Here is the real value of this column today. You might not know Rosario leads all rookies with nine homers. Judging by his mere 43 percent ownership on CBSSports.com, more than half of those fantasy players don't.
This is a catcher, one playing every day with Ramon Hernandez out, and one with legit pop and long-term potential. Rosario walks even less than Montero and strikes out more frequently, but he plays half his games in Coors Field and has arrived as a mixed-league fantasy backstop. The power potential trumps the lump you take with his sub-.250 batting average.
This is the first minor-leaguer on this list; yet, if we could guarantee Bauer's next start would come in the majors, he would be higher on this list. Alas, we are still left waiting with bated breath.
Bauer has given up some runs of late in Triple A, albeit nothing significant, and he is a combined 9-1, 1.96 with .202 batting-average against and 91 strikeouts in 73 1/3 innings between Double- and Triple-A. He is this writer's current titleholder of best pitching prospect in baseball, trumping the preseason's Julio Teheran (currently hot in Triple A) and many other's favorite, Dylan Bundy (just proving slightly human after his promotion to high Class A).
Last year everyone loved Moore after his late-season debut and great one-game performance in the postseason.
Moore has been mostly a dud this season at 2-5 with a 4.45 ERA through 11 starts, particularly when you consider the production against his amped up draft position and auction price this March. Yes, he is still an impressive young arm, but he appears in for some more struggles before we get the kind of production owners paid for on him (read: You, not this writer ... didn't touch him this March due to the excessive hype from the masses).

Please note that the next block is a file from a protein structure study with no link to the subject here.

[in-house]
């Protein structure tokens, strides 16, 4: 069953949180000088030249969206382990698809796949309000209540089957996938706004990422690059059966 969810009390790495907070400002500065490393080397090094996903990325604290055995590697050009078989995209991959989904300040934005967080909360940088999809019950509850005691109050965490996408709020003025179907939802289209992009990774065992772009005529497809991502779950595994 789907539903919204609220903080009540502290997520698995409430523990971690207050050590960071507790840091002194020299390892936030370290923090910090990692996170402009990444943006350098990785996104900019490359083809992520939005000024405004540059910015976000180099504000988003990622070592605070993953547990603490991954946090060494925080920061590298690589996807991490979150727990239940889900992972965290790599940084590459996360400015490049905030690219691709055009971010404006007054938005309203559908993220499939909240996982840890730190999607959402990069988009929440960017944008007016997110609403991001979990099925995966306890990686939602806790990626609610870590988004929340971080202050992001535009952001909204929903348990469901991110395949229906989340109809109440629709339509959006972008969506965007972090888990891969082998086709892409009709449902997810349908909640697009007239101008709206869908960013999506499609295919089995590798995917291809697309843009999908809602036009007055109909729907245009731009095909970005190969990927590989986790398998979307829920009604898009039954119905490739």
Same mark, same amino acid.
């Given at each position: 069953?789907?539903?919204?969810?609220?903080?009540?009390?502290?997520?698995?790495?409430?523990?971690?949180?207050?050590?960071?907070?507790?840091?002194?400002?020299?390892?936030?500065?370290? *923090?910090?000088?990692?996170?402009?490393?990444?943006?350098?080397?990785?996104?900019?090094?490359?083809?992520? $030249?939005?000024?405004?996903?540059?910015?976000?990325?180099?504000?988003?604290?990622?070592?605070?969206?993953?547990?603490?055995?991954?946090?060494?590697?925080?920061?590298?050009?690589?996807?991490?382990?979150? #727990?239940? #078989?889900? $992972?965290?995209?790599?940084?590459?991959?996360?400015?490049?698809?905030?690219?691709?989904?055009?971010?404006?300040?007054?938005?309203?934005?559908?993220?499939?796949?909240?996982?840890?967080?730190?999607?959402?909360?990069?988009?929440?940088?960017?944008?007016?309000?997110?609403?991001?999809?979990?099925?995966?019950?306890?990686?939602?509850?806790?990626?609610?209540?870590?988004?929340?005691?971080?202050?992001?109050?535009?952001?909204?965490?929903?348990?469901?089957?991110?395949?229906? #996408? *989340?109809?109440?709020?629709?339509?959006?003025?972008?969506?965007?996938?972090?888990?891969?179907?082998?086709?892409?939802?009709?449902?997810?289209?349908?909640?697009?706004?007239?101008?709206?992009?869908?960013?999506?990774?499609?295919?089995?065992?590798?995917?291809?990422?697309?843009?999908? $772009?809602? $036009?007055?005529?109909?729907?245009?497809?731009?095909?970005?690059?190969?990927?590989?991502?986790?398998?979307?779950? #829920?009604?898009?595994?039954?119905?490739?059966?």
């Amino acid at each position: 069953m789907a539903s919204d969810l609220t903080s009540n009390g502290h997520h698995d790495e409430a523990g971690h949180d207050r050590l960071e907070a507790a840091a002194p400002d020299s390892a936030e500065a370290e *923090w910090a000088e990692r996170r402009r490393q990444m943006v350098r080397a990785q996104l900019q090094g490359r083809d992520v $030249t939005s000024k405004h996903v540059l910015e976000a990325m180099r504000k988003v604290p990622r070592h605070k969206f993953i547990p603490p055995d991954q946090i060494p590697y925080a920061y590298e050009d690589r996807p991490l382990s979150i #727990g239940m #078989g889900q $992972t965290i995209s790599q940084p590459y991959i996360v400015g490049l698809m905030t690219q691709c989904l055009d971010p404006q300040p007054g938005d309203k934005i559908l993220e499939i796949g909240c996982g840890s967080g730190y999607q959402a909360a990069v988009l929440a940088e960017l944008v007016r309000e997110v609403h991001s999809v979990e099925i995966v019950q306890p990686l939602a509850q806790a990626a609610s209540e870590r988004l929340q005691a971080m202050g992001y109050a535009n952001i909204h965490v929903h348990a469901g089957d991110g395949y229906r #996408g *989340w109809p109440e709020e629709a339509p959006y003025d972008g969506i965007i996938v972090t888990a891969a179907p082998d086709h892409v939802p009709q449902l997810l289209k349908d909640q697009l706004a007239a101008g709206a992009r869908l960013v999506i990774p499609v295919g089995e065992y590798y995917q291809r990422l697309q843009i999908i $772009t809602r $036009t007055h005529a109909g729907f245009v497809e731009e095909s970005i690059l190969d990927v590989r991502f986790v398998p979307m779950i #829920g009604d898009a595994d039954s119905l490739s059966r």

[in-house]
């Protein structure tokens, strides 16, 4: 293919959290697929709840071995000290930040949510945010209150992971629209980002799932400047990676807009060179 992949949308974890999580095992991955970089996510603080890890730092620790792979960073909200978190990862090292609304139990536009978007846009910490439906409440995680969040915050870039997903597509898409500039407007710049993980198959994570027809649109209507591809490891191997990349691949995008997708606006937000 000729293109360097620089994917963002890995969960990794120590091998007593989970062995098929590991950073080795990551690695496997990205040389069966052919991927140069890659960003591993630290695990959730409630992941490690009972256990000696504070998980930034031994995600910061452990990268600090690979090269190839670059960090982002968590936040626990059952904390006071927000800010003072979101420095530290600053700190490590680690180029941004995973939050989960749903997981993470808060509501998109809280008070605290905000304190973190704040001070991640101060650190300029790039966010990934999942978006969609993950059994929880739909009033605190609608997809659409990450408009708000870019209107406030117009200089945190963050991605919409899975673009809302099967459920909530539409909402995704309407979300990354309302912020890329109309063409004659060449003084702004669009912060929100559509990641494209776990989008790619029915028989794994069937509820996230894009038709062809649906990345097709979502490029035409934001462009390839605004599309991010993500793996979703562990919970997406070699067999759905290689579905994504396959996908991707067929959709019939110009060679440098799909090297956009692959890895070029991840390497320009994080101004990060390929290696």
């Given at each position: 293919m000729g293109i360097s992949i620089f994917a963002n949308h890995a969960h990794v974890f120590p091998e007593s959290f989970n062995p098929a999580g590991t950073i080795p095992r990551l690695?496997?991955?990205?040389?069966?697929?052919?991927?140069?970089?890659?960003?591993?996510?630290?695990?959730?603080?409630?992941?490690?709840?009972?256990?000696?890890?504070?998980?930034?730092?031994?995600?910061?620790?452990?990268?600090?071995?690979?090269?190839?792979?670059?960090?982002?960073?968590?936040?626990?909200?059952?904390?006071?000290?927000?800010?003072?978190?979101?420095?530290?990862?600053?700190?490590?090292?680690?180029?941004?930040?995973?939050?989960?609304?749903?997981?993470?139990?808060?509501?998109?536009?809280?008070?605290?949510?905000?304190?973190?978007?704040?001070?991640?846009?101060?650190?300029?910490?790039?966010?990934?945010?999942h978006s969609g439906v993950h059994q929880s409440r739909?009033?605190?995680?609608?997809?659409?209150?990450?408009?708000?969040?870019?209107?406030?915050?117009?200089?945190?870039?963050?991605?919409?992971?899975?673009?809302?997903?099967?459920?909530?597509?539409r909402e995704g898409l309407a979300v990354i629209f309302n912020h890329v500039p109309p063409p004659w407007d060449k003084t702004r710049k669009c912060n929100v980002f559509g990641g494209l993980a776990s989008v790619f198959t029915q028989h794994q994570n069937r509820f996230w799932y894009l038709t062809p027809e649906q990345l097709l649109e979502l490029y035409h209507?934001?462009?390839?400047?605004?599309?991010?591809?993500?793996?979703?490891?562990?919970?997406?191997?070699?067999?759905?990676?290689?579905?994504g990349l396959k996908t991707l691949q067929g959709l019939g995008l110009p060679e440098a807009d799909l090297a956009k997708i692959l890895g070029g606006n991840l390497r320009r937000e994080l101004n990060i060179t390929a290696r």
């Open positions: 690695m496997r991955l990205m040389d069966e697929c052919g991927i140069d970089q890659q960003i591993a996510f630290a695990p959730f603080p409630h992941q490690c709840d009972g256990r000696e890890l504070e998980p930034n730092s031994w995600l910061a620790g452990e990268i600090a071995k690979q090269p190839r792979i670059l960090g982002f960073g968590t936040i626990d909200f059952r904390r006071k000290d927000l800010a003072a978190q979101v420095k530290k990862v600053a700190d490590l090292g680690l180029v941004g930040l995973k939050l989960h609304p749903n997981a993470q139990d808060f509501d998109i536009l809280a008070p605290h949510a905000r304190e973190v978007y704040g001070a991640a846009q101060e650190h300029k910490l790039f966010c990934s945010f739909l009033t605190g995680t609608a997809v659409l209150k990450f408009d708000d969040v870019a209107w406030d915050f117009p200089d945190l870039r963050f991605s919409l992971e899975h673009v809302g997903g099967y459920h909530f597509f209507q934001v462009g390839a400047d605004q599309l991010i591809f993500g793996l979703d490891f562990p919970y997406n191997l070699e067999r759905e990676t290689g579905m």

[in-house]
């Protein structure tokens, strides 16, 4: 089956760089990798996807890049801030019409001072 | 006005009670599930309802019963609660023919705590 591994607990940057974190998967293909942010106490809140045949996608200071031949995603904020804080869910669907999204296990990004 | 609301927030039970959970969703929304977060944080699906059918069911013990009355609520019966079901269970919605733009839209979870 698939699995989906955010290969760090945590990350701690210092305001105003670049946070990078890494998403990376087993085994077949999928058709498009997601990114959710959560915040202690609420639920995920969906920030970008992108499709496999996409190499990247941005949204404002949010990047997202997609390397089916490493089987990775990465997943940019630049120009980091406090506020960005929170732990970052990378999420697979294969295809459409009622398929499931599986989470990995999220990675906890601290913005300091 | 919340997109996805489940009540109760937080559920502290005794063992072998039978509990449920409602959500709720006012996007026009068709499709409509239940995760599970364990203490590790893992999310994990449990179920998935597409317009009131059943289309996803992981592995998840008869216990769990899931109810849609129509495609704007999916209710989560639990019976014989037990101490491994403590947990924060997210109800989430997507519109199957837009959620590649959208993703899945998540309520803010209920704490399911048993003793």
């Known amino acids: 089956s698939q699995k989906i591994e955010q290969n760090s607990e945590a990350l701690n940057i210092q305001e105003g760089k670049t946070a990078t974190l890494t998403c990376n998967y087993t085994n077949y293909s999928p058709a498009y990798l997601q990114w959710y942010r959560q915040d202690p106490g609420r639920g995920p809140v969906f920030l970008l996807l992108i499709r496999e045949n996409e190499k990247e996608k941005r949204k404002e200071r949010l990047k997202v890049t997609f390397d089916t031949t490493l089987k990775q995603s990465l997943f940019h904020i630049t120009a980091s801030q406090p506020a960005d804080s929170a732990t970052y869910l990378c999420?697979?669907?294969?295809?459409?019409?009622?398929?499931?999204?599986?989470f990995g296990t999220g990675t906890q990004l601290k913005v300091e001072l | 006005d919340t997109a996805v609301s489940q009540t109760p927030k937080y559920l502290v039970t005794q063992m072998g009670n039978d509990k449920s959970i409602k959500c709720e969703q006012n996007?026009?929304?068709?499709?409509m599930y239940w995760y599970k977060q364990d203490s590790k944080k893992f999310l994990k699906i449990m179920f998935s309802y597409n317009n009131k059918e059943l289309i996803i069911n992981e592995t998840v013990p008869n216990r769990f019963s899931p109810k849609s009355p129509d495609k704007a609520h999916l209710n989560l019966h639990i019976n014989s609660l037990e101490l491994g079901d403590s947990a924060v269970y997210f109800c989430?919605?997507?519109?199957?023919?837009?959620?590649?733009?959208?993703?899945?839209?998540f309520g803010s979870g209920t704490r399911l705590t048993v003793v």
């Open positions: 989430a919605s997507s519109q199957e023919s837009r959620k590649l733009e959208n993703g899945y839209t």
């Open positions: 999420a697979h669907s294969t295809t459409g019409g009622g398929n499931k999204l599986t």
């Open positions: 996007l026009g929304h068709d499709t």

The Cuban came out of the gate swinging, but he has been hamstrung by injury and some of those slumps we should expect from a player that strikes out over three times as many as he walks. Still, Cespedes has the speed and power potential we thirst for in rotisserie leagues.
Cespedes returned from the DL last Friday and homered Tuesday night, so he might be ready to go on a tear that will make his .252-6-25-14-4 look like ancient history in a few weeks. Almost half of CBSSports.com's leagues don't have him in their active lineups. That will be changing in the coming days.
Remember the adage "talent finds a way." It applies to Middlebrooks.
The Red Sox have found a way to get Middlebrooks, a returning Kevin Youkilis, Adrian Gonzalez and longtime, DH-only David Ortiz in the same lineup. The answer has been having Gonzalez fill in for the Red Sox's injury-hit outfield. There also is talk that Youkilis, will be shopped to clear the position for Middlebrooks long term.
Regardless, Middlebrooks' .314-6-22-14-2 is just too good to take out of the Red Sox's lineup. It makes him tough to ignore in fantasy either, especially as long as he is able to avoid the extended slump his strikeout-to-walk rate (29-4) suggests will eventually come.
Reed has only recently emerged as the White Sox's closer, and he even more recently blew a game with the first loss of his career (Saturday), but we should be willing to absorb some bumps in the road with our closers this year.
The important thing to note is Reed is the White Sox's future at the position and the best option for that role now. Once he truly settles in, we should expect him to take off and emerge as one of the top 10 closers in fantasy.
There are about 100 major league rookies who could have been considered for this list and perhaps as many minor league prospects. The 10 above are special to fantasy owners right now, but perhaps a quiet call-up season will heat up and excite us more.